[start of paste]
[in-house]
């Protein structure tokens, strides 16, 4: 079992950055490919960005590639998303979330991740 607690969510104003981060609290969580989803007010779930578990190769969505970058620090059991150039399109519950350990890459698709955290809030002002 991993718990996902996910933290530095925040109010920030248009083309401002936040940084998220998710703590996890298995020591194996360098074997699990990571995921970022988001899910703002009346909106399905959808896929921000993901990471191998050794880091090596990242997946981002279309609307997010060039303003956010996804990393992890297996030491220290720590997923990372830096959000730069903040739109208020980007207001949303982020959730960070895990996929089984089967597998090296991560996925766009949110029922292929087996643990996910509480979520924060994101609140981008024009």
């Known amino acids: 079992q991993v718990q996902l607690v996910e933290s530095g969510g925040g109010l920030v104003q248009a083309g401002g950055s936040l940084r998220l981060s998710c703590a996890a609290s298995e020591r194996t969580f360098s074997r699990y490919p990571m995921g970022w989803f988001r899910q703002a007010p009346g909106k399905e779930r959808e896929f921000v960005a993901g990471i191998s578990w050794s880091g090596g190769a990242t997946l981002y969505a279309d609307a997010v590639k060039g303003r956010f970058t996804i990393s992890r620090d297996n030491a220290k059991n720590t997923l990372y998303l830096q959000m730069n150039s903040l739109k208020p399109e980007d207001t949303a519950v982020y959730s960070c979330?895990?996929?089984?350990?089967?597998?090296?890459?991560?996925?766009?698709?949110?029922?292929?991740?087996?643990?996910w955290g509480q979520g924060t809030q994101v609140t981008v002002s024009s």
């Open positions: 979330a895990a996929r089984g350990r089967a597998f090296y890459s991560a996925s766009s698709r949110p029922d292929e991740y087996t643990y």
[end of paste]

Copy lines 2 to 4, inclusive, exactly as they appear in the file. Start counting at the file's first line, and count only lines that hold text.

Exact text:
């Protein structure tokens, strides 16, 4: 079992950055490919960005590639998303979330991740 607690969510104003981060609290969580989803007010779930578990190769969505970058620090059991150039399109519950350990890459698709955290809030002002 991993718990996902996910933290530095925040109010920030248009083309401002936040940084998220998710703590996890298995020591194996360098074997699990990571995921970022988001899910703002009346909106399905959808896929921000993901990471191998050794880091090596990242997946981002279309609307997010060039303003956010996804990393992890297996030491220290720590997923990372830096959000730069903040739109208020980007207001949303982020959730960070895990996929089984089967597998090296991560996925766009949110029922292929087996643990996910509480979520924060994101609140981008024009």
């Known amino acids: 079992q991993v718990q996902l607690v996910e933290s530095g969510g925040g109010l920030v104003q248009a083309g401002g950055s936040l940084r998220l981060s998710c703590a996890a609290s298995e020591r194996t969580f360098s074997r699990y490919p990571m995921g970022w989803f988001r899910q703002a007010p009346g909106k399905e779930r959808e896929f921000v960005a993901g990471i191998s578990w050794s880091g090596g190769a990242t997946l981002y969505a279309d609307a997010v590639k060039g303003r956010f970058t996804i990393s992890r620090d297996n030491a220290k059991n720590t997923l990372y998303l830096q959000m730069n150039s903040l739109k208020p399109e980007d207001t949303a519950v982020y959730s960070c979330?895990?996929?089984?350990?089967?597998?090296?890459?991560?996925?766009?698709?949110?029922?292929?991740?087996?643990?996910w955290g509480q979520g924060t809030q994101v609140t981008v002002s024009s």
């Open positions: 979330a895990a996929r089984g350990r089967a597998f090296y890459s991560a996925s766009s698709r949110p029922d292929e991740y087996t643990y």